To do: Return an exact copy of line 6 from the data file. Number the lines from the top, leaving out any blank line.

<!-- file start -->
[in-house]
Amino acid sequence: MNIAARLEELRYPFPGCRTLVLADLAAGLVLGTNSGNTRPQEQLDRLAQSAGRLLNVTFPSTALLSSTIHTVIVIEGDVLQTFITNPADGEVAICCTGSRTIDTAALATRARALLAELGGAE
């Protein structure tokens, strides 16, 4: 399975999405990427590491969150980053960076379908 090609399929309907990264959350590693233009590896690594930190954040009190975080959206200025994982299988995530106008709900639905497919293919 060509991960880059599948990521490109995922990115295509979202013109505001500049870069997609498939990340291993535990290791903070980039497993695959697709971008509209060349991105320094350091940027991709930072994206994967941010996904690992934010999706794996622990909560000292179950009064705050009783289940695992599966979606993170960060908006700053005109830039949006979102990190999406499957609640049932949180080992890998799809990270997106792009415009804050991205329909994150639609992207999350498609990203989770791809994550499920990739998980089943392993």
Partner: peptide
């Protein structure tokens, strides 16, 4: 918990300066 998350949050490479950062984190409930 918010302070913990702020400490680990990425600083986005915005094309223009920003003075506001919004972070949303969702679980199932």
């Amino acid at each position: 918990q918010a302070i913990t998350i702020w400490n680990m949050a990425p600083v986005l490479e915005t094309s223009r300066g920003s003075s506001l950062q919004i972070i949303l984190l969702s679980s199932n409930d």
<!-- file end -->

């Amino acid at each position: 918990q918010a302070i913990t998350i702020w400490n680990m949050a990425p600083v986005l490479e915005t094309s223009r300066g920003s003075s506001l950062q919004i972070i949303l984190l969702s679980s199932n409930d």